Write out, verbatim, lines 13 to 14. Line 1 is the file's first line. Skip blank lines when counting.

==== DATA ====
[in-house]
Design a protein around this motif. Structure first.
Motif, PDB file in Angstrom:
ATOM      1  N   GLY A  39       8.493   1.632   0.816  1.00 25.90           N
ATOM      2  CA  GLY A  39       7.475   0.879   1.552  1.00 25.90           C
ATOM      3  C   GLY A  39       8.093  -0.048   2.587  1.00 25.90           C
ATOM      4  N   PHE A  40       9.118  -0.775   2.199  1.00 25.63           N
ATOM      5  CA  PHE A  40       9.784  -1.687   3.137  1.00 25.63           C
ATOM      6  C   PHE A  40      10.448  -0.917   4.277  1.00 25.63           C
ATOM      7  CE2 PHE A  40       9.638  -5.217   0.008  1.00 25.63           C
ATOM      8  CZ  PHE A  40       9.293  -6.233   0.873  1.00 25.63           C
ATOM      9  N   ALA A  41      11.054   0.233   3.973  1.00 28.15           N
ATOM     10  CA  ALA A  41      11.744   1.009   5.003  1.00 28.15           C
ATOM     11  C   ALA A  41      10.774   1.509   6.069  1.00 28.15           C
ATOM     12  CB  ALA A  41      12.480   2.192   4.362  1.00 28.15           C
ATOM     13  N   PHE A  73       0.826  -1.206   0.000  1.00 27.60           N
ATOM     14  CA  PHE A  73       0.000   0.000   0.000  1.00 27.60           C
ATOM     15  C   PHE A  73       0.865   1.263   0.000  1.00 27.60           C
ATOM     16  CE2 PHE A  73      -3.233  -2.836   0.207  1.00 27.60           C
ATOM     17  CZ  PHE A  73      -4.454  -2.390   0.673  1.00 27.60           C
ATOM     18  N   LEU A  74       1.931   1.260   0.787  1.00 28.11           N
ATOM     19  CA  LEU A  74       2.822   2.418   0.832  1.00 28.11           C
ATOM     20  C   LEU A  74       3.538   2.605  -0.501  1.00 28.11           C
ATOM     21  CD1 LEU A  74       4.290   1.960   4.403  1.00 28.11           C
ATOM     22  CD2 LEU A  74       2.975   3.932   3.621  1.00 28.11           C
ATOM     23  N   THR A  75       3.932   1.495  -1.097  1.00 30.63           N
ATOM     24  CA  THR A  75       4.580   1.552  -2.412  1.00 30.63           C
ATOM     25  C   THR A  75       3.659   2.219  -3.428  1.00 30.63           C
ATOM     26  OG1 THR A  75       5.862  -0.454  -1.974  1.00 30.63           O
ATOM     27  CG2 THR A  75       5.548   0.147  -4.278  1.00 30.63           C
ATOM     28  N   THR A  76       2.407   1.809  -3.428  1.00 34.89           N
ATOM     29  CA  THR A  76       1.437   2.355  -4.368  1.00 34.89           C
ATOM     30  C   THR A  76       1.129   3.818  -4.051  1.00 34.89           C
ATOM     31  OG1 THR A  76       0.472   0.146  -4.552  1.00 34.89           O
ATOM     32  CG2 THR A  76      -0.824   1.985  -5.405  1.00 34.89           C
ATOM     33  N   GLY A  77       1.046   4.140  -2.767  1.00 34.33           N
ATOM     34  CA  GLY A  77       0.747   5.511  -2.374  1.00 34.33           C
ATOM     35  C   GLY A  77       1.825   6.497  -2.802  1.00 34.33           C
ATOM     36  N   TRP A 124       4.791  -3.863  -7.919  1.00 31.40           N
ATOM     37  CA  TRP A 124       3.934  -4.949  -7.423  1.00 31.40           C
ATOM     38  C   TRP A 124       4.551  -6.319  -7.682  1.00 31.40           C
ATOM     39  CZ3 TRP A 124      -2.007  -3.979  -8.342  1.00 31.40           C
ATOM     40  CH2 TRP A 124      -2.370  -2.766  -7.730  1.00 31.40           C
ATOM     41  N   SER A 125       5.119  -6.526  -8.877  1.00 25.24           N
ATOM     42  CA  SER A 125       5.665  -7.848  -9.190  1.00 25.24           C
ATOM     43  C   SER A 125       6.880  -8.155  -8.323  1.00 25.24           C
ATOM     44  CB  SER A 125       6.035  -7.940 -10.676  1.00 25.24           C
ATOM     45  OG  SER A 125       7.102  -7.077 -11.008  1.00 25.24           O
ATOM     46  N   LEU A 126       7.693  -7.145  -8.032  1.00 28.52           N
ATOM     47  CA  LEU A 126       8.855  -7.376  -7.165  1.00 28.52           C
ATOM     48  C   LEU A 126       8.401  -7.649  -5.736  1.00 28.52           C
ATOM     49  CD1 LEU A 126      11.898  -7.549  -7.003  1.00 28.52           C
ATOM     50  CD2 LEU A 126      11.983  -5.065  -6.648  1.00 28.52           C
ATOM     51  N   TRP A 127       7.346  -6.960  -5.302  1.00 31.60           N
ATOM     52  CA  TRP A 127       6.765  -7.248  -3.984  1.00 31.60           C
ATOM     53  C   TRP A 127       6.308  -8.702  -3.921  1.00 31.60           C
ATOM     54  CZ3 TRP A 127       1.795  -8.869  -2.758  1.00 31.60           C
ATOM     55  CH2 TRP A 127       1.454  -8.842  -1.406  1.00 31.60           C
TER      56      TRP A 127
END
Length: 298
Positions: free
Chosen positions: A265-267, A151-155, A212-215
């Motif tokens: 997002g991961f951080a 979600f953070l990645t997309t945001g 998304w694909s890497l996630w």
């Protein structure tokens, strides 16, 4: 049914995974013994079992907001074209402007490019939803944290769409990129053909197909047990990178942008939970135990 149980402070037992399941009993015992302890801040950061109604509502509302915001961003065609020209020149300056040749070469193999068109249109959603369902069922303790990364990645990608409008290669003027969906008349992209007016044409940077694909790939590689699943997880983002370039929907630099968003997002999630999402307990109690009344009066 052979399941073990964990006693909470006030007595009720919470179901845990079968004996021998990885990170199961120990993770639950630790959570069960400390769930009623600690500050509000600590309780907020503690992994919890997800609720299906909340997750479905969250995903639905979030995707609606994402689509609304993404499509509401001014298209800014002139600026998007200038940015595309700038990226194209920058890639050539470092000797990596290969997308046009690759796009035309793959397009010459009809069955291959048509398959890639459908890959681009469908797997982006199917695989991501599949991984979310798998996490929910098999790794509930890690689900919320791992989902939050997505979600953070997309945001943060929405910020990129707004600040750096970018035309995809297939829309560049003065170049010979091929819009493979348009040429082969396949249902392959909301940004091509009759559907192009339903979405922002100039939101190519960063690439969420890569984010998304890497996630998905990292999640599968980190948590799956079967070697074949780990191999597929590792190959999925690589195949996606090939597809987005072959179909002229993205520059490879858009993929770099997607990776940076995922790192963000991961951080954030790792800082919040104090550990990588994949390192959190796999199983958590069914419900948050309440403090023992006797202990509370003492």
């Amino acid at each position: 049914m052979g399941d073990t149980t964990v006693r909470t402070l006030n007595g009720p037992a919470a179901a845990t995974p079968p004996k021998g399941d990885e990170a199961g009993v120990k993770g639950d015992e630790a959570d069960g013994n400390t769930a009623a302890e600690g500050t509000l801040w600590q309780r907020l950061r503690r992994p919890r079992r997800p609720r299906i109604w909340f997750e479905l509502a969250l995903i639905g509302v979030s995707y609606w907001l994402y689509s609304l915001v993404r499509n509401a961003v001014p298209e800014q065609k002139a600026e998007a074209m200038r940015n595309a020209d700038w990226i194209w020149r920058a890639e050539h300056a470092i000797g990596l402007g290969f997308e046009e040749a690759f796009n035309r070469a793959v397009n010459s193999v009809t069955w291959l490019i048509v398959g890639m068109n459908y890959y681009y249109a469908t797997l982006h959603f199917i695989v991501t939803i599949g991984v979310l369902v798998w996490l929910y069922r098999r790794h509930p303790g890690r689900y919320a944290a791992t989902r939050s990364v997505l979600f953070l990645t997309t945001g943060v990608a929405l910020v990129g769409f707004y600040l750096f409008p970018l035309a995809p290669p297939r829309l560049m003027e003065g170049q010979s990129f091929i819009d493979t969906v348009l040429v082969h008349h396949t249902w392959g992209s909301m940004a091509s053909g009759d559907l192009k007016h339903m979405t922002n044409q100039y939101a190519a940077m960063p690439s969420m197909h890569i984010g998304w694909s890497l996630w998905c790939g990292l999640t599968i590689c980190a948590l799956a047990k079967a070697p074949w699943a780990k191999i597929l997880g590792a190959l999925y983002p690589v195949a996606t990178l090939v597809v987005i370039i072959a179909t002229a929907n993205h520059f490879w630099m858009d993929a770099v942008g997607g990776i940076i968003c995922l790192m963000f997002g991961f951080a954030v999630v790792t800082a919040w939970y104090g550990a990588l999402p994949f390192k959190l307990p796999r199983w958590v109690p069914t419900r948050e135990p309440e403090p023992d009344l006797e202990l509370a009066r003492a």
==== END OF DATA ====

ATOM     10  CA  ALA A  41      11.744   1.009   5.003  1.00 28.15           C
ATOM     11  C   ALA A  41      10.774   1.509   6.069  1.00 28.15           C